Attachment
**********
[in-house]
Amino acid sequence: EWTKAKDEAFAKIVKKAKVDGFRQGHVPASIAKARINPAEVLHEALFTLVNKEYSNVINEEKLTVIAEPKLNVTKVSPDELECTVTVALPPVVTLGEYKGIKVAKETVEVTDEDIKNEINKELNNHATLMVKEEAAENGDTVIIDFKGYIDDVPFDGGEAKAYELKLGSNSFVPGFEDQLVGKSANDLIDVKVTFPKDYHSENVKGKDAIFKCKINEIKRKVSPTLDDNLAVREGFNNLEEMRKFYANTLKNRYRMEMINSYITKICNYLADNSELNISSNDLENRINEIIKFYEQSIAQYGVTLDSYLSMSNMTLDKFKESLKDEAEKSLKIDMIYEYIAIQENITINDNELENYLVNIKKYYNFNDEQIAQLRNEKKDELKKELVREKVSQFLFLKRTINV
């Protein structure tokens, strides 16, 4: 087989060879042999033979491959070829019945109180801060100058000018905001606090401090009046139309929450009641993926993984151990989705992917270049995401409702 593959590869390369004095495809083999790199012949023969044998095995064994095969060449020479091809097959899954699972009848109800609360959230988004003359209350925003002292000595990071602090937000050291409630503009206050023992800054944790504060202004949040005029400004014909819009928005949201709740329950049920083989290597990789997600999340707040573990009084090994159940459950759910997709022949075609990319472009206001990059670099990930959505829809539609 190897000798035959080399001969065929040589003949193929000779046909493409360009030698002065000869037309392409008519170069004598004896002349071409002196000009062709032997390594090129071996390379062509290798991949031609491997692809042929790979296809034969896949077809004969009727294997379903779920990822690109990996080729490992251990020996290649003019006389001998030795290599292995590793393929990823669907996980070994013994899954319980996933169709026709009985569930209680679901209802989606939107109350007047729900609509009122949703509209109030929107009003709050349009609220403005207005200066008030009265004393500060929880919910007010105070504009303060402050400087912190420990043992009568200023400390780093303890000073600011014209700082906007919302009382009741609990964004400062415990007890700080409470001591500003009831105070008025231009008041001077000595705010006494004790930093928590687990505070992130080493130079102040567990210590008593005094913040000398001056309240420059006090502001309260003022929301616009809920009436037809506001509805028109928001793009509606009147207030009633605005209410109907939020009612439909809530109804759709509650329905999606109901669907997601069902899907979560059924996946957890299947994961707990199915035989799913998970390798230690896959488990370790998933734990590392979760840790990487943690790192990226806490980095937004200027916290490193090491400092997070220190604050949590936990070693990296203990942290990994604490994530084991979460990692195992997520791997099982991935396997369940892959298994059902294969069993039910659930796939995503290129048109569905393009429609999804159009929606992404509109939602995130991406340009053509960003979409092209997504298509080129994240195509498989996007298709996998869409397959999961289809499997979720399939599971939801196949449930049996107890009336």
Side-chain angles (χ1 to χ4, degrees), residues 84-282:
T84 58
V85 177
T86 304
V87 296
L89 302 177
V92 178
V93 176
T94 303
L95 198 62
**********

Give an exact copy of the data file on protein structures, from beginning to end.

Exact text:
[in-house]
Amino acid sequence: EWTKAKDEAFAKIVKKAKVDGFRQGHVPASIAKARINPAEVLHEALFTLVNKEYSNVINEEKLTVIAEPKLNVTKVSPDELECTVTVALPPVVTLGEYKGIKVAKETVEVTDEDIKNEINKELNNHATLMVKEEAAENGDTVIIDFKGYIDDVPFDGGEAKAYELKLGSNSFVPGFEDQLVGKSANDLIDVKVTFPKDYHSENVKGKDAIFKCKINEIKRKVSPTLDDNLAVREGFNNLEEMRKFYANTLKNRYRMEMINSYITKICNYLADNSELNISSNDLENRINEIIKFYEQSIAQYGVTLDSYLSMSNMTLDKFKESLKDEAEKSLKIDMIYEYIAIQENITINDNELENYLVNIKKYYNFNDEQIAQLRNEKKDELKKELVREKVSQFLFLKRTINV
């Protein structure tokens, strides 16, 4: 087989060879042999033979491959070829019945109180801060100058000018905001606090401090009046139309929450009641993926993984151990989705992917270049995401409702 593959590869390369004095495809083999790199012949023969044998095995064994095969060449020479091809097959899954699972009848109800609360959230988004003359209350925003002292000595990071602090937000050291409630503009206050023992800054944790504060202004949040005029400004014909819009928005949201709740329950049920083989290597990789997600999340707040573990009084090994159940459950759910997709022949075609990319472009206001990059670099990930959505829809539609 190897000798035959080399001969065929040589003949193929000779046909493409360009030698002065000869037309392409008519170069004598004896002349071409002196000009062709032997390594090129071996390379062509290798991949031609491997692809042929790979296809034969896949077809004969009727294997379903779920990822690109990996080729490992251990020996290649003019006389001998030795290599292995590793393929990823669907996980070994013994899954319980996933169709026709009985569930209680679901209802989606939107109350007047729900609509009122949703509209109030929107009003709050349009609220403005207005200066008030009265004393500060929880919910007010105070504009303060402050400087912190420990043992009568200023400390780093303890000073600011014209700082906007919302009382009741609990964004400062415990007890700080409470001591500003009831105070008025231009008041001077000595705010006494004790930093928590687990505070992130080493130079102040567990210590008593005094913040000398001056309240420059006090502001309260003022929301616009809920009436037809506001509805028109928001793009509606009147207030009633605005209410109907939020009612439909809530109804759709509650329905999606109901669907997601069902899907979560059924996946957890299947994961707990199915035989799913998970390798230690896959488990370790998933734990590392979760840790990487943690790192990226806490980095937004200027916290490193090491400092997070220190604050949590936990070693990296203990942290990994604490994530084991979460990692195992997520791997099982991935396997369940892959298994059902294969069993039910659930796939995503290129048109569905393009429609999804159009929606992404509109939602995130991406340009053509960003979409092209997504298509080129994240195509498989996007298709996998869409397959999961289809499997979720399939599971939801196949449930049996107890009336």
Side-chain angles (χ1 to χ4, degrees), residues 84-282:
T84 58
V85 177
T86 304
V87 296
L89 302 177
V92 178
V93 176
T94 303
L95 198 62